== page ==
Are Swellings Around the Cornea Common After Cataract Surgery?
It’s common to have corneal swelling or edema during the first few days of cataract surgery, which may lead to some temporary foggy vision.
Generally, swelling after cataract surgery will go away and vision will be clear in a few days, however, rare corneal swelling may not improve if the cornea is weak, like in Fuchs’ Dystrophy, keratoconus, or if the cataract is very dense and hard to remove.
If a cataract surgery patient’s cornea is swollen for an extended period of time, it might take up to three months to establish if the swelling will clear on its own, however, when it is mild and not affecting the vision, no treatment is necessary.
Eye drops can be used to lower the swelling of mild morning blurred vision; however, if it doesn’t get better over time, a corneal transplant might be required for proper vision restoration.
Causes of Corneal Edema
Corneal edema can be caused by a malfunctioning of the inner corneal layer. Normally, endothelial cells pump out fluid, creating a clear vision and healthy eyes.
Illness or injuries can lead to a breakdown in the endothelium function, which then causes fluid build-up and the cornea swells. This occurrence is associated with several other health issues.
Fuch’s endothelial dystrophy, which is caused by genetic factors that lead to the gradual loss of cells in the endothelium, is a common occurrence, commonly evidenced in those over 50 years of age and more prevalent in women than men.
Other things that could help trigger Fuch’s include:
- Some medications
- Eye surgery
- Contact lenses
- Other medical conditions like herpes
Other possible causes of corneal edema include:
- Injury to your eye from a blow or a puncture
- Inflammation due to problems like rheumatoid arthritis or specific eye issues like iritis or keratitis
- Poisonous substances that inflame, irritate, or damage parts of your eye
Symptoms of Corneal Edema
One of the initial notes you might observe is vision impairment. Typically, it could appear worst in the morning and may improve as the day goes on.
You might also have:
- A scratchy feeling in your eye
- Pain or tenderness when you touch your eye
- Eye pain or discomfort in light
- Hazy circles, or “halos,” around lights
- In rare or serious cases, painful blisters in your eye
Diagnosis of Corneal Edema
After discussing your medical background and any symptoms you may have with your doctor, they will inspect your eyes. If there are signs of corneal edema, your doctor may:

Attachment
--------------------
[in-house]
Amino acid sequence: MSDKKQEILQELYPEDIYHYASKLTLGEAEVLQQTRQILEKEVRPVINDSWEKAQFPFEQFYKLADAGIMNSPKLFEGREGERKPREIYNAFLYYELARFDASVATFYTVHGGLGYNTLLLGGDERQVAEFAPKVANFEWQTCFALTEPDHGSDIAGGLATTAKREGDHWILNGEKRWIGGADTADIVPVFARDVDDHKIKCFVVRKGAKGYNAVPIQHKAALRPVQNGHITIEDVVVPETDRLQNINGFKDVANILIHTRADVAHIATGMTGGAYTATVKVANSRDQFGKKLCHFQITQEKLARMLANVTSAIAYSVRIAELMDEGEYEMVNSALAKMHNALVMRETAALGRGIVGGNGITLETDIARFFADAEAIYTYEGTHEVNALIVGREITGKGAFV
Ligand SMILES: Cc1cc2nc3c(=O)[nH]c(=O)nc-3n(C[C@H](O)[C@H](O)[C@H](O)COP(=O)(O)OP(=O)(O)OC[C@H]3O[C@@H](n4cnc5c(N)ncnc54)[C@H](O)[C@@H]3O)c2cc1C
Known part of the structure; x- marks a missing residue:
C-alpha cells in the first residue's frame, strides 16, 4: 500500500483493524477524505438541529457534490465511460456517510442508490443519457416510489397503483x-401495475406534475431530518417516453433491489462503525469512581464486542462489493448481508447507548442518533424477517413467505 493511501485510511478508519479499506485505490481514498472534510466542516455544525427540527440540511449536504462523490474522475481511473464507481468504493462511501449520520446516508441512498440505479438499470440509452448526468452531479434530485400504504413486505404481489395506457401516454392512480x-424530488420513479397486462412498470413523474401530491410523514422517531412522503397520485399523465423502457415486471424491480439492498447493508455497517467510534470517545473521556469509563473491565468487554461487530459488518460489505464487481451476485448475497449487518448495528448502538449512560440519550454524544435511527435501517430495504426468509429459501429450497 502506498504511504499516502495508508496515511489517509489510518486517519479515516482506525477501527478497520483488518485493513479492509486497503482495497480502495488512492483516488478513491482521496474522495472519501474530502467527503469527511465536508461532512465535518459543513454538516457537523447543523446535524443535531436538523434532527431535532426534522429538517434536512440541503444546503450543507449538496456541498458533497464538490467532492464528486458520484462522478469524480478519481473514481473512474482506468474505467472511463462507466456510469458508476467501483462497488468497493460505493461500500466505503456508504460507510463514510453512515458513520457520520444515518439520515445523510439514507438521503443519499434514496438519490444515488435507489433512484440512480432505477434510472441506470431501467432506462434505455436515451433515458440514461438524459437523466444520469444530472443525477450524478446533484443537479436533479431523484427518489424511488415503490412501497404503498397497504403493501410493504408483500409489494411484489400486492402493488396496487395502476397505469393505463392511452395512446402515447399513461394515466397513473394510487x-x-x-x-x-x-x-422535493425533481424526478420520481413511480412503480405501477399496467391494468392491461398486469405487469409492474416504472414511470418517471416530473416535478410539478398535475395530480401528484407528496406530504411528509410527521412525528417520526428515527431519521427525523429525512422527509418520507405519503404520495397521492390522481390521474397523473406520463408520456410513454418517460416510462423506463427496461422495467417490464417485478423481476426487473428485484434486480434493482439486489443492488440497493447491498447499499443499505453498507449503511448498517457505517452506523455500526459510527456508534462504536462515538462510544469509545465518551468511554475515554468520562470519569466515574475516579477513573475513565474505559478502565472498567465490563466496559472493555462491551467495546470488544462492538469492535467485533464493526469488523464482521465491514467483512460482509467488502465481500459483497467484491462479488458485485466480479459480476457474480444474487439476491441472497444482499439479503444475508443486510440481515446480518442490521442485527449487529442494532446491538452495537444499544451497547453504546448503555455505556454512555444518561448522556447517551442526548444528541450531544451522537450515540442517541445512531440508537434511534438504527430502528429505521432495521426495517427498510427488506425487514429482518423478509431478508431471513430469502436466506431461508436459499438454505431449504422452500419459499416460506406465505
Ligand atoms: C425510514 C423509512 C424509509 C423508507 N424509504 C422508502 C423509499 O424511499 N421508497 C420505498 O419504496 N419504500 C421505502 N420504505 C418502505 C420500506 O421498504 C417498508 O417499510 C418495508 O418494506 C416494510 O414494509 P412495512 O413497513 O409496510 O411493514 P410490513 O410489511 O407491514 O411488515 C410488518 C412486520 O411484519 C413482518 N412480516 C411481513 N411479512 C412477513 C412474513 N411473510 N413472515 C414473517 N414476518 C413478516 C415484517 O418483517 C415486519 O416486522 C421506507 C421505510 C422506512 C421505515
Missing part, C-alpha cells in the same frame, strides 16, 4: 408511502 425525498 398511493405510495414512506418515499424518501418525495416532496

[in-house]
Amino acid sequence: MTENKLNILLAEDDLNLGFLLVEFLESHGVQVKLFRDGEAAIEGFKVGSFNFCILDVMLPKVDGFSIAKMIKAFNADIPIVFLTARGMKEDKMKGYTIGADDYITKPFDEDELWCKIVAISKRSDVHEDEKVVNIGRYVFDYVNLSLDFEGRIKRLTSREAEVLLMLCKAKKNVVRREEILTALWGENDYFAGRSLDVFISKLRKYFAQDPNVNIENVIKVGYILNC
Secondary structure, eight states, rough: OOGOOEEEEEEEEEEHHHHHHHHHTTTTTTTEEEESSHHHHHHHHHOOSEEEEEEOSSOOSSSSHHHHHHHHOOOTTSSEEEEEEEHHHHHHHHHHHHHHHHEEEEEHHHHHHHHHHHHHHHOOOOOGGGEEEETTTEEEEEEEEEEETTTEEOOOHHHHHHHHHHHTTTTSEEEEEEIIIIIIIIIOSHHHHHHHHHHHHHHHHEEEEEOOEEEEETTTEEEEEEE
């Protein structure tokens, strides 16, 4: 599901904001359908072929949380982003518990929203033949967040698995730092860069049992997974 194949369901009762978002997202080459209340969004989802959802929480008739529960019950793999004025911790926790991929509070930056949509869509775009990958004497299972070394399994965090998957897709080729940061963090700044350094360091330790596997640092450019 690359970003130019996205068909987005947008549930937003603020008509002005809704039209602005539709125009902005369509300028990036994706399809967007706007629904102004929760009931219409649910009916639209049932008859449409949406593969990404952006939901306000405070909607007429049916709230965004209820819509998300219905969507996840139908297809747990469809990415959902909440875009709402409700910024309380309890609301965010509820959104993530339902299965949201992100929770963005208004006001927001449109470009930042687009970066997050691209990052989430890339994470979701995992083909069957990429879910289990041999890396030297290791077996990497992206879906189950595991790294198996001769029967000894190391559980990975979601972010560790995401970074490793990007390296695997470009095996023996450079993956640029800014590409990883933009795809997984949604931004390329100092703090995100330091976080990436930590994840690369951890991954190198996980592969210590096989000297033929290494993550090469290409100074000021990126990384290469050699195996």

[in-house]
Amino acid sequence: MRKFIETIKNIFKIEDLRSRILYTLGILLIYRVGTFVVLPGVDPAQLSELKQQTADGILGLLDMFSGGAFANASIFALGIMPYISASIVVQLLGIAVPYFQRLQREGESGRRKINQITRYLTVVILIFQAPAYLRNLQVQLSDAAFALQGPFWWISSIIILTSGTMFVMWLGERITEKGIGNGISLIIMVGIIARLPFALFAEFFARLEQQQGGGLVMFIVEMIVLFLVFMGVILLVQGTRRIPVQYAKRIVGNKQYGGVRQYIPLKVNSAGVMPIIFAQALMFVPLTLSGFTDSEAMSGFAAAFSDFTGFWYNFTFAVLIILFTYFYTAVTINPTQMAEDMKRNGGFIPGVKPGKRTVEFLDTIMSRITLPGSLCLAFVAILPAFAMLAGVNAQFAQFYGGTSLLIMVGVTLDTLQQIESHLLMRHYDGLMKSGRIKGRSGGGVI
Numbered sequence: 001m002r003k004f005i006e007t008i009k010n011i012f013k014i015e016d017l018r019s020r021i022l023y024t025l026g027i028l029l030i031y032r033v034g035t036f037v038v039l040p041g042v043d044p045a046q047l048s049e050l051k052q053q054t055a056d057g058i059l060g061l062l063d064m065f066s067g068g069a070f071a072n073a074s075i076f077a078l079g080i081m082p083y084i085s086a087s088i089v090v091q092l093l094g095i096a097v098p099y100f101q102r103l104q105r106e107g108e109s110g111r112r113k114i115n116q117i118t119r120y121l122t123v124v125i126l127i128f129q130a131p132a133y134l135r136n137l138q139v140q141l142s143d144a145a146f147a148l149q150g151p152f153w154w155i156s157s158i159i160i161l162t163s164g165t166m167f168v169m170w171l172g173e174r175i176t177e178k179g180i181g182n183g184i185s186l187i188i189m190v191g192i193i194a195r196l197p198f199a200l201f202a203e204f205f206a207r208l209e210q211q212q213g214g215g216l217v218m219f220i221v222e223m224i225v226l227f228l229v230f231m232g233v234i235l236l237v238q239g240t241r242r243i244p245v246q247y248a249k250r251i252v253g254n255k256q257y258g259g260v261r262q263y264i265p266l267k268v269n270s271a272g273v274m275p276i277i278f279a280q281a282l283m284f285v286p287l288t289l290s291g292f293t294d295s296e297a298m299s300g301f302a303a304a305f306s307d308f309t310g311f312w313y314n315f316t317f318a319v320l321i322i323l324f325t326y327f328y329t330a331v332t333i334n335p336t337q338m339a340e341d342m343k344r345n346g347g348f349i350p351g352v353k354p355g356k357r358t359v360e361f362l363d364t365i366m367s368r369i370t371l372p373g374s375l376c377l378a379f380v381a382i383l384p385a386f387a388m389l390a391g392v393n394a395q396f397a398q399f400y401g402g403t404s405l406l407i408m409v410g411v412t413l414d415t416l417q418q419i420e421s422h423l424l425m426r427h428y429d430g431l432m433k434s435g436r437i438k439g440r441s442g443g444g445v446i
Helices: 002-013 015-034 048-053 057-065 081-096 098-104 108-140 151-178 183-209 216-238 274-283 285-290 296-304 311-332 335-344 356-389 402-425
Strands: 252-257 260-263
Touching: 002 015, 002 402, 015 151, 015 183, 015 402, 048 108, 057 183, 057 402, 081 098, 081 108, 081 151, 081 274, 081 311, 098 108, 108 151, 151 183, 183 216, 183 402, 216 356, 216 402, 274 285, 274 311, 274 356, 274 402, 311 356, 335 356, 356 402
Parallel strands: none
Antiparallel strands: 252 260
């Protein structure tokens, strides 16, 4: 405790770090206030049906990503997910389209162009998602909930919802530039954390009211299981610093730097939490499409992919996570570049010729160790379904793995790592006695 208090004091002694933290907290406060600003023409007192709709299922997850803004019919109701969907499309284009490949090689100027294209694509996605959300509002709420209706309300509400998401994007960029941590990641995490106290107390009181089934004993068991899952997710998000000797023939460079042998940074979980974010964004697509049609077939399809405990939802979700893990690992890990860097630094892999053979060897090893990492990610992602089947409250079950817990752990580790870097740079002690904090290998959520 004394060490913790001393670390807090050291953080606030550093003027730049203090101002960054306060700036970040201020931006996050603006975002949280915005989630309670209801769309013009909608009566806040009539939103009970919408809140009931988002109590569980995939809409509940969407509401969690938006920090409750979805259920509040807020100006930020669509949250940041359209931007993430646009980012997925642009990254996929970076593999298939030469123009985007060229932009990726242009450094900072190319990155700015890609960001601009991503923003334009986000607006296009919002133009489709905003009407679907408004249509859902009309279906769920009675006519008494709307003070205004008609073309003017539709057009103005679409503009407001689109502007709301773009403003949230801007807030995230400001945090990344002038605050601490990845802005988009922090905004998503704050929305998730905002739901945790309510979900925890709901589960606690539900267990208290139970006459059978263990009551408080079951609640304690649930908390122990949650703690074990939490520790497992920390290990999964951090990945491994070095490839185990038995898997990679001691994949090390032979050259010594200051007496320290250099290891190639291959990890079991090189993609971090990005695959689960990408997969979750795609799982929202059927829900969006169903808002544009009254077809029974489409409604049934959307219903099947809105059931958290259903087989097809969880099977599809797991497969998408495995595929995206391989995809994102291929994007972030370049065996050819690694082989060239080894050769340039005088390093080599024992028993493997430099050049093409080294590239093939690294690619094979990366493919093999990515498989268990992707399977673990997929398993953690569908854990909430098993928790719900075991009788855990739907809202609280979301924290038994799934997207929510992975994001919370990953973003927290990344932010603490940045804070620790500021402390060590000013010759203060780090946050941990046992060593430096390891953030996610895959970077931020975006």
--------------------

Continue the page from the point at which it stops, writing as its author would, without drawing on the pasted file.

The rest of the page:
- Look for scars or cloudiness on your cornea
- Use magnifiers like a slit lamp or an ophthalmoscope to see details of your eye
- They may measure the thickness of your cornea using a pachymeter and an ultrasound to get a better view of your eye
Treatment options for corneal edema
If the corneal edema is not severe, treatment may not be necessary. However, to provide some temporary relief from swelling in the eye, your eye doctor might suggest you use concentrated salt and water drops or ointment.
To reduce the swelling overnight, ask your doctor if you can use a hair dryer in the morning to evaporate the excess tears. Make sure to hold the dryer at a distance to prevent any injury.
If the swelling is so severe that it harms your sight, you may need surgery. The procedure consists of replacing either the whole cornea or just its endothelial layer with healthy corneal tissue from a donor. Other treatments for corneal edema include:
Penetrating keratoplasty (PK or PKP)
In order to replace the unhealthy tissue in your cornea with healthy donor tissue, the surgeon will remove all layers of your cornea and secure the new tissue with sutures.
As the graft may be misshapen, wearing glasses or contact lenses after the surgery may be necessary for clear vision.
Also, risks such as glaucoma, damage to the eye lens, bleeding, or graft rejection are present in PKP surgery.
Descemet’s stripping endothelial keratoplasty (DSEK)
Compared to PK, the procedure for this is faster and the recovery time is shorter since it only replaces the damaged endothelium layer of your cornea – not the entire thing.
This procedure replaces a thin layer of tissue inside the eye known as the “Descemet membrane” which helps prevent fluid from building up, thus preventing or limiting edema. DSEK is often an ideal option for those with corneal swelling due to cataract surgery since its success rate is high and it requires significantly less recovery time than other procedures.
Healing time and recovery
The length of your recovery period depends on how severe your corneal edema is, and the treatment plan you follow, that is why minor corneal edema might not even cause any symptoms or may not require any treatment.
After a corneal transplant operation, it may take up to one year before restoring your vision completely. In addition, irregularly shaped tissue could require you to wear glasses to attain the clear vision.
The healing process is quicker when you opt for a DSEK procedure, which just involves the removal of part of the cornea.
Prevention of Corneal Edema
Prevention of Corneal Edema after cataract surgery starts at the pre-operative stage. Patients should inform their eye surgeon about any previous corneal issues or allergies, as well as any medications or procedures that could affect the healing process.
During surgery, your eye surgeon should use special equipment and techniques to prevent damage to the cornea, such as using a special microscope to guide the removal of the lens capsule with accuracy and precision. Post-operatively, cataract surgery Hawaii patients should follow their eye doctor’s instructions carefully in order to ensure proper healing and reduce the risk of edema development.
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